Another of the paintings I just discovered in my garage.
This painting, however, has the distinction of being one the oldest canvases I have in my possession—painted in 1992.
It was the painting in which I had a breakthrough.
It was in this painting that I unlearned everything my teachers taught me.
I realize that in life, we do not see things like a camera.
A camera sees objects one shot at a time, in a systematic manner, one item at the same moment.
But when we humans walk down the street, we don’t see objects like that.
We see objects in multiple layers,
embedded in memory.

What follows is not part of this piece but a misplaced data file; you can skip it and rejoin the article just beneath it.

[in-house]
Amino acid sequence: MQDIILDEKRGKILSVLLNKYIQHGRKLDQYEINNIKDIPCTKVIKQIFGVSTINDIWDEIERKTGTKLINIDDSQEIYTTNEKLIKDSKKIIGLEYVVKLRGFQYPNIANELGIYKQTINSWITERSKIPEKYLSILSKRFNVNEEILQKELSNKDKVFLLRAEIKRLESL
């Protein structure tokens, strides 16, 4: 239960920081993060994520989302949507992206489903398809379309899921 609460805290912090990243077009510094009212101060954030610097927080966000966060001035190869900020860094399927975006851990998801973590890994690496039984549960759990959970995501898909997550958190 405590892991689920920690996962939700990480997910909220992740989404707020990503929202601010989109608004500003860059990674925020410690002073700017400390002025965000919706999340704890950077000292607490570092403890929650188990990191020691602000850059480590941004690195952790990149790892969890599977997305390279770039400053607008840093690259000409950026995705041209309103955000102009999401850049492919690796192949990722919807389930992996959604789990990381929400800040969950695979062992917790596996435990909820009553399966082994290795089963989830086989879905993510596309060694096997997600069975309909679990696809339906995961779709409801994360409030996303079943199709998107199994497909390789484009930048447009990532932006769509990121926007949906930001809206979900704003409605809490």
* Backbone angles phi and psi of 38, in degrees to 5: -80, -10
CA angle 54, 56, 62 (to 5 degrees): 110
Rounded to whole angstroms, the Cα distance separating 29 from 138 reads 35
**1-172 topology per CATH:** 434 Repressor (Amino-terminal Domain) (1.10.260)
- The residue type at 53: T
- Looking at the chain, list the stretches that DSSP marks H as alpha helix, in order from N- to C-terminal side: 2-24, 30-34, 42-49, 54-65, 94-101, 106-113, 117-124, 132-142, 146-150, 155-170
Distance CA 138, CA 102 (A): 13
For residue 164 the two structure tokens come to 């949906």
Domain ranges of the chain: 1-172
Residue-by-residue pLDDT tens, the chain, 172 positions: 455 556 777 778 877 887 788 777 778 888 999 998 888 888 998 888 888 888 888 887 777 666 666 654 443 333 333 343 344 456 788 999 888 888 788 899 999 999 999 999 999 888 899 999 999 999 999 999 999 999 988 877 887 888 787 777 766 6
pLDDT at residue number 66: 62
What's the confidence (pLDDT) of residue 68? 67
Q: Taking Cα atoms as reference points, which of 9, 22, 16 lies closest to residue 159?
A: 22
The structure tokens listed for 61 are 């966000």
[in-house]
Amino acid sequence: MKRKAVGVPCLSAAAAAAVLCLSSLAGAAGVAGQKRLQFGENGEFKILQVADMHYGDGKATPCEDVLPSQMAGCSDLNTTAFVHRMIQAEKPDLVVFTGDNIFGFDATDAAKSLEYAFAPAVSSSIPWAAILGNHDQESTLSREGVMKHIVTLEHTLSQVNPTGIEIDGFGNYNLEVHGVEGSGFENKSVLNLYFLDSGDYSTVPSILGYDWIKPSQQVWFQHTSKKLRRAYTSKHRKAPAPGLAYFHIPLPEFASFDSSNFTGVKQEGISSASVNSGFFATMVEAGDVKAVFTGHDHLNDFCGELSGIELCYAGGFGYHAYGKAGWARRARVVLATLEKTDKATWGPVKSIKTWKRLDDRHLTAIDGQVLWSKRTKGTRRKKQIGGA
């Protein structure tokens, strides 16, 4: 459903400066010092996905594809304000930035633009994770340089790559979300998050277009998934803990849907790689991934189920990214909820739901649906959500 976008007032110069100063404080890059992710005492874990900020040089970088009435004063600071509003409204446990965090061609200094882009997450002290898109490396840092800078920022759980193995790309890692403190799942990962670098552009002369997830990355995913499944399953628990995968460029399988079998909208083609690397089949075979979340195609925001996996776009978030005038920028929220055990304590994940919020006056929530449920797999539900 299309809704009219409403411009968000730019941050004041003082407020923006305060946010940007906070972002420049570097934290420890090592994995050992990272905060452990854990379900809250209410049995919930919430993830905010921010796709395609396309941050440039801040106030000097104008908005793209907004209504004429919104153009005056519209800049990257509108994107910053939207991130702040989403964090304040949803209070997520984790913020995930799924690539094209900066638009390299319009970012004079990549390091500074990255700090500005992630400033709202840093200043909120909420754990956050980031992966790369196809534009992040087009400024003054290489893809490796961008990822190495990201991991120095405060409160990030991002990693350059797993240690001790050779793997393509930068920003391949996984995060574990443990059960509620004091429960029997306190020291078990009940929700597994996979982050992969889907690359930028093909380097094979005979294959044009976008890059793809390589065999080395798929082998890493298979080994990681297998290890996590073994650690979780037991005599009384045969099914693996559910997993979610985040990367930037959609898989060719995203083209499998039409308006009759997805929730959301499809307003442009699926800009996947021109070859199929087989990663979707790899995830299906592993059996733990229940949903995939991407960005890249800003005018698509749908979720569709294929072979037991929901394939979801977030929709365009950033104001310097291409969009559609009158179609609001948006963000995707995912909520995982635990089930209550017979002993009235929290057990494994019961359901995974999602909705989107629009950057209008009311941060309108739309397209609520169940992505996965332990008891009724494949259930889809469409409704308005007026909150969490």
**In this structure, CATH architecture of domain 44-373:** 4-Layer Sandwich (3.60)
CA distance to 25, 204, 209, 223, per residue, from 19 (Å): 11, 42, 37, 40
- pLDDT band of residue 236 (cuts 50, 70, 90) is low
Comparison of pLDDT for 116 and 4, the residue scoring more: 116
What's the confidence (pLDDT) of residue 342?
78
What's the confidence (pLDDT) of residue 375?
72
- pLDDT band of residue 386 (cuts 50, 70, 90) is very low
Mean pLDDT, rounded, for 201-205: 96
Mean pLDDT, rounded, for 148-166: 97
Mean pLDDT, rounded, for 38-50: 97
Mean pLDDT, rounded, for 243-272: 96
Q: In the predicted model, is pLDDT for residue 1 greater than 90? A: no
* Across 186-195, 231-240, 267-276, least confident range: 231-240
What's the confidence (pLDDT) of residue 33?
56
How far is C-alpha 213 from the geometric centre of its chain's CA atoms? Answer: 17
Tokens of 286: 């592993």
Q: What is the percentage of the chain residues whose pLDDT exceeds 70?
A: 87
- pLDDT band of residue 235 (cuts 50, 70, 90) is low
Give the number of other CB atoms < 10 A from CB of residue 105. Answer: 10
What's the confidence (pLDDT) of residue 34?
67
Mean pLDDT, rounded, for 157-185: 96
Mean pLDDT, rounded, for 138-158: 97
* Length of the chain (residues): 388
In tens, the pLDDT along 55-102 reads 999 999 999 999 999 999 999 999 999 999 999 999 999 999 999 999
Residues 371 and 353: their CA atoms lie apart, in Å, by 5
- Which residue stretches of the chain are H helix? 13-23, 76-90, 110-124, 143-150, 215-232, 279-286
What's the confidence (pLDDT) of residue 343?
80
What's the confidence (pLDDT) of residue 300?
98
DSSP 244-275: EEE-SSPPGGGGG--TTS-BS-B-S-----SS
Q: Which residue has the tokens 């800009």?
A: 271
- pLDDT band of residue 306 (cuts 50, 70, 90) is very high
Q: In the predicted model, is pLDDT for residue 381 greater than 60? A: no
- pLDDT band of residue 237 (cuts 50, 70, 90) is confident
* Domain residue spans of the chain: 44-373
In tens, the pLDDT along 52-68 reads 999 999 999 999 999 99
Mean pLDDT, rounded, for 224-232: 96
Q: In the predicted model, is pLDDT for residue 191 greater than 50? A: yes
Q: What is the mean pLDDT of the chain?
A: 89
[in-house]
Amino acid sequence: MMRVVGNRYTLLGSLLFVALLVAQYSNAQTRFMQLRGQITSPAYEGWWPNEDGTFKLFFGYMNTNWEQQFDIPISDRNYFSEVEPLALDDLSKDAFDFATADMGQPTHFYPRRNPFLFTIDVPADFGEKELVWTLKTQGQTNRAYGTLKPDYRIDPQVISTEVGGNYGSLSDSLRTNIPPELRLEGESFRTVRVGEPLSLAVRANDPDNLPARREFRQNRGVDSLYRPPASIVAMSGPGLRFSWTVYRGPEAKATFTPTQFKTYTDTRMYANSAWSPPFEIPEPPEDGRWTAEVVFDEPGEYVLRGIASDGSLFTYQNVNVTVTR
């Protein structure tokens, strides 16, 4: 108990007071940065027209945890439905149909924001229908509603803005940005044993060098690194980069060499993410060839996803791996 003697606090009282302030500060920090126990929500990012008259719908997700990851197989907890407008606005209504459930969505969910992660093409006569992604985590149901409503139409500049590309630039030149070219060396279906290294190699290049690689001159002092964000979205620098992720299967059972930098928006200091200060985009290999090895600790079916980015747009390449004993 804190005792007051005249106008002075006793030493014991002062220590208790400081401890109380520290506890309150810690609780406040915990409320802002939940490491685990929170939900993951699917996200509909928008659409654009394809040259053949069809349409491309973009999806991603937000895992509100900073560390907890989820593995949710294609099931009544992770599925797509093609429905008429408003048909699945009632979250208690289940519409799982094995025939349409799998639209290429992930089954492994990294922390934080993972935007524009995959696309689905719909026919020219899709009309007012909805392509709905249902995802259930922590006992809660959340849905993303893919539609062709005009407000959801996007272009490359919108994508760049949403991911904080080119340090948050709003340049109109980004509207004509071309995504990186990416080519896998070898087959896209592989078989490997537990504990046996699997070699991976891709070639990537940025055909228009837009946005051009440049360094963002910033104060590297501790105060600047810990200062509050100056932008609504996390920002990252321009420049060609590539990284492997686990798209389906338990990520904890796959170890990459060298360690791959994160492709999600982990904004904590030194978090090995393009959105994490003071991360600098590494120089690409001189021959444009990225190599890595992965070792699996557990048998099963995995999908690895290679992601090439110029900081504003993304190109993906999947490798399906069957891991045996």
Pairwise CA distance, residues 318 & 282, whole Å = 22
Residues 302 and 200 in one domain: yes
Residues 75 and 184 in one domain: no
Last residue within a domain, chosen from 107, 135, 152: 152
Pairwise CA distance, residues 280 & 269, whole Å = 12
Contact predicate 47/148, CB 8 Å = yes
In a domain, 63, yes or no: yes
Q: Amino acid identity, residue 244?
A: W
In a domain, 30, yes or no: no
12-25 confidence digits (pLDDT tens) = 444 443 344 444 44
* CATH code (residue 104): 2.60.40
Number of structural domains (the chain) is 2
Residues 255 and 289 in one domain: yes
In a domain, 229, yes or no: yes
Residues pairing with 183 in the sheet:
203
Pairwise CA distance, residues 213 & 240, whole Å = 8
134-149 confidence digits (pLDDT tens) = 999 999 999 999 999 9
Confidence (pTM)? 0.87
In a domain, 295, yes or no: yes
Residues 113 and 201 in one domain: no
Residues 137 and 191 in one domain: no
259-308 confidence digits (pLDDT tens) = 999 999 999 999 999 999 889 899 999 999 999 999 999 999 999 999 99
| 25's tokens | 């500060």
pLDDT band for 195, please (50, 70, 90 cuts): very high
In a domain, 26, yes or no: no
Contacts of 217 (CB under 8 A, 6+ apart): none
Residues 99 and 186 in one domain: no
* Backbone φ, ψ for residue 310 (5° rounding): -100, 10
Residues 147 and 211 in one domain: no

We see objects as cut and paste,
in strata, levels, as films,
one on top of the other
to make sense of reality.
For instance, when I see a person, I may not see the entire body, but may focus on the face only.
Then my gaze may move to the feet to check out the shoes, then I may be distracted briefly by a dog;
then my eyes may move to the building next to the person, before I return to this person again.
Where is this person going, dressed so gorgeously?
Then I start thinking about the wedding I must attend that weekend. That is the way we see things.
We see things together, in contexts
not in isolation.
How does one translate that way of thinking to the canvas, I asked myself.
The result is this painting.
Once I got this breakthrough,
I knew I could fly
with my compositions
without any limit.